Playing Iphigénie I experienced the voice of soprano Lynne Dawson as bright and often piercing, whilst her characterisation is moving and expressive. Iphigénie’s Act 3, Scene 3 air ‘Adieu, conservez dans votre âme le souvenir de notre ardeur’ is a highlight of the score. The role of Achilles is played by tenor John Aler with light and gleaming tones. Aler’s sensitive and expressive portrayal is splendidly heard in the Act 1, Scene 8 air ‘Cruelle, non jamais votre insensible coere ne fut touche de mon amour.’ I also enjoyed the dark tones of baritone Gilles Cachemaille as the high priest Calchas. His aria ‘Au fait des grandeurs’ from Act 1, Scene 4 is especially memorable.
 
John Eliot Gardiner conducts with a sure sense of style and polish and with exceptional security. At times I would have preferred the music to have been driven slightly harder; notwithstanding, these remain high calibre performances.
 
The three act opera La Rencontre imprévue (The Unexpected/Unforeseen Encounter) also known as Les Pèlerins de la Mecque (The Pilgrims to Mecca) is a form of French Opéra known as Comédie mêlée d'ariettes (Comedy mixed with brief arias). The opera was first staged at the Burgtheater, Vienna in 1764. Gluck’s libretto was written by Louis Hurtaut Dancourt after a 1726 play by Alain-René Lesage and Jacques-Philippe d’Orneval.
 
The primary role as Rezia is sung by soprano Lynne Dawson. Found imprisoned by Prince Ali in the Sultan’s harem Rezia is bright and assured in her aria ‘Ah! qu’il est doux de se revoir’ from Act 2, Scene 5. I was struck by the soprano’s especially attractive ornamentations. Tenor Jean-Luc Viala plays Osmin the servant of Prince Ali. This sweet-toned tenor communicates considerable passion in his Act 1, Scene 1 aria ‘Heureux l’amant qui se depetre de Cupidon’.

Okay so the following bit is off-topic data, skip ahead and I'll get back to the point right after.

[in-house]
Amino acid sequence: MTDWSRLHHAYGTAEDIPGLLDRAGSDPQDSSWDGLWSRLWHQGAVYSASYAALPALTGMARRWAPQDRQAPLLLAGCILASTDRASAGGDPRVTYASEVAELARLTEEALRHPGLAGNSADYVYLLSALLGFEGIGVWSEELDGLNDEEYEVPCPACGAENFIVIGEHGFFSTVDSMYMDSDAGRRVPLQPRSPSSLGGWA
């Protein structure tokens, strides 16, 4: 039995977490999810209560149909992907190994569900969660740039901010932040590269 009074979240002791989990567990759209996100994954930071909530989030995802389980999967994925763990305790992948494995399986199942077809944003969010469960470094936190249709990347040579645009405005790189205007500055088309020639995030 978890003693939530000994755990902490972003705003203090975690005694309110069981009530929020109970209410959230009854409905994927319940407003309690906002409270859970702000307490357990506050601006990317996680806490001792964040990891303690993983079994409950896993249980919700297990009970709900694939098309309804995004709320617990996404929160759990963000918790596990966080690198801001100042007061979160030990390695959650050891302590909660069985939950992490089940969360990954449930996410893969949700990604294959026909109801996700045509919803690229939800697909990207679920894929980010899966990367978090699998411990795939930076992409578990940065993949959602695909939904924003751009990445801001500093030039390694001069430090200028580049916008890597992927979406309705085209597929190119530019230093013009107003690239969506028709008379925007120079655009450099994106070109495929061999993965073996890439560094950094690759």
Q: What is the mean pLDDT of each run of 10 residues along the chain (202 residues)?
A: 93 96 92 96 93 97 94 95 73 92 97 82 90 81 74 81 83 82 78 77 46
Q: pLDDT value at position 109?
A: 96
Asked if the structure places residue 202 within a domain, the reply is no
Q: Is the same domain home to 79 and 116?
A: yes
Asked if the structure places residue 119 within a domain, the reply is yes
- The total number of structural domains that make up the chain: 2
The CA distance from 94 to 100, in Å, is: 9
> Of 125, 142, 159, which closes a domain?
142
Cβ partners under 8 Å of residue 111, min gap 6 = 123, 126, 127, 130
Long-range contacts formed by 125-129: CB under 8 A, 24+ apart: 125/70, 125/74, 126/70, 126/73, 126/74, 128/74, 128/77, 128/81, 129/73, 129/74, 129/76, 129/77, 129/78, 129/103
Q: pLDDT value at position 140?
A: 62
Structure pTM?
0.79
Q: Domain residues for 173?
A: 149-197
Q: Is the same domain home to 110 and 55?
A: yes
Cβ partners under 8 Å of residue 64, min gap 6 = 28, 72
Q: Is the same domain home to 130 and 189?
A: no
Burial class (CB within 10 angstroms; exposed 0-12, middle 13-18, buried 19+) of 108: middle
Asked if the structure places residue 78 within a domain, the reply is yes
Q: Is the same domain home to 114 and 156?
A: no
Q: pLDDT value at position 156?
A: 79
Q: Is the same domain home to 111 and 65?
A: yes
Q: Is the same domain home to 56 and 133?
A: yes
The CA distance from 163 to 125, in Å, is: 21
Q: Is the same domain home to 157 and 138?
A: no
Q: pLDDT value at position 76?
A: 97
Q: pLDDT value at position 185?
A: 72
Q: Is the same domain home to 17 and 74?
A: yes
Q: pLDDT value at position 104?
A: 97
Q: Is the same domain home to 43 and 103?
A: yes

I was also impressed with tenor Guy de Mey in his role as Prince Ali of Balsora. His light and vivid timbre feels eminently suited to the high tessitura of the Act 1, Scene 5 aria ‘Je cherirai, jusqu’au trepas, l’objet céleste qui m’engage’. The soprano Claudine Le Coz is highly enthusiastic in her role as Balkis. Although sometimes lacking in fluidity Le Coz is especially confident in her Act 2, Scene 5 aria ‘Venez, venez, troupe brillante’.
 
The role of Calendar is taken by baritone Gilles Cachemaille who impresses with his smooth and rich timbre. In his Act 3, Scene 4 aria ‘D’une telle lachete’ the luxuriant tones of Cachemaille are highly expressive. Baritone Jean-Phillipe Lafont sings the role of the painter Vertigo. Lafont’s darkly menacing voice is splendidly characterised in the drama-laden aria ‘C’est un torrent impetueux’ from Act 3, Scene 8. As Dardane, Catherine Dubosc is a bright and attractive soprano and I also noted the creamy timbre of soprano Sophie Marin-Degor in her role as Amine.
 
The outstanding Orchestre de L'Opéra National de Lyon conducted by John Eliot Gardiner deliver pleasingly sympathetic performances that are consistently alert.
 
The final work in the set is the three act dramatic ballet Don Juan or Le festin de pierre (The feast of the stone). The opera was first produced in 1761 at Vienna’s Burgtheater to a stage design by the eminent Giovanni Quaglia. On this recording John Eliot Gardiner is using a version realised by Richard Englander.
 
For conductor John Eliot Gardiner the English Baroque Soloists deliver stylish and keenly observed performances on period instruments. I was struck by the sparklingly played Sinfonia that opens the score; Dance No. 7 is a stately gavotte and Dance No. 11 a breezy minuet. There is a foot-tapping character to Dance No. 19, a fandango and a regal quality to Dance No. 23. The light-hearted humour of Dance No. 27 is impressive and the final Dance No. 30 is a headlong chase of spirit and vigour.
 
The librettos and their English translations are only available online. Sadly the omission of a libretto from the accompanying booklet is an all too common experience today and a deplorable one. With regard to making librettos available by download: who wants to print off 62 pages and where do you store them? Or who wants to listen to their music sitting at a computer or laptop following the downloaded libretto? Added to the undoubted quality of these performances it is hard to fault the splendid recorded sound from the Erato engineers.
 
Michael Cookson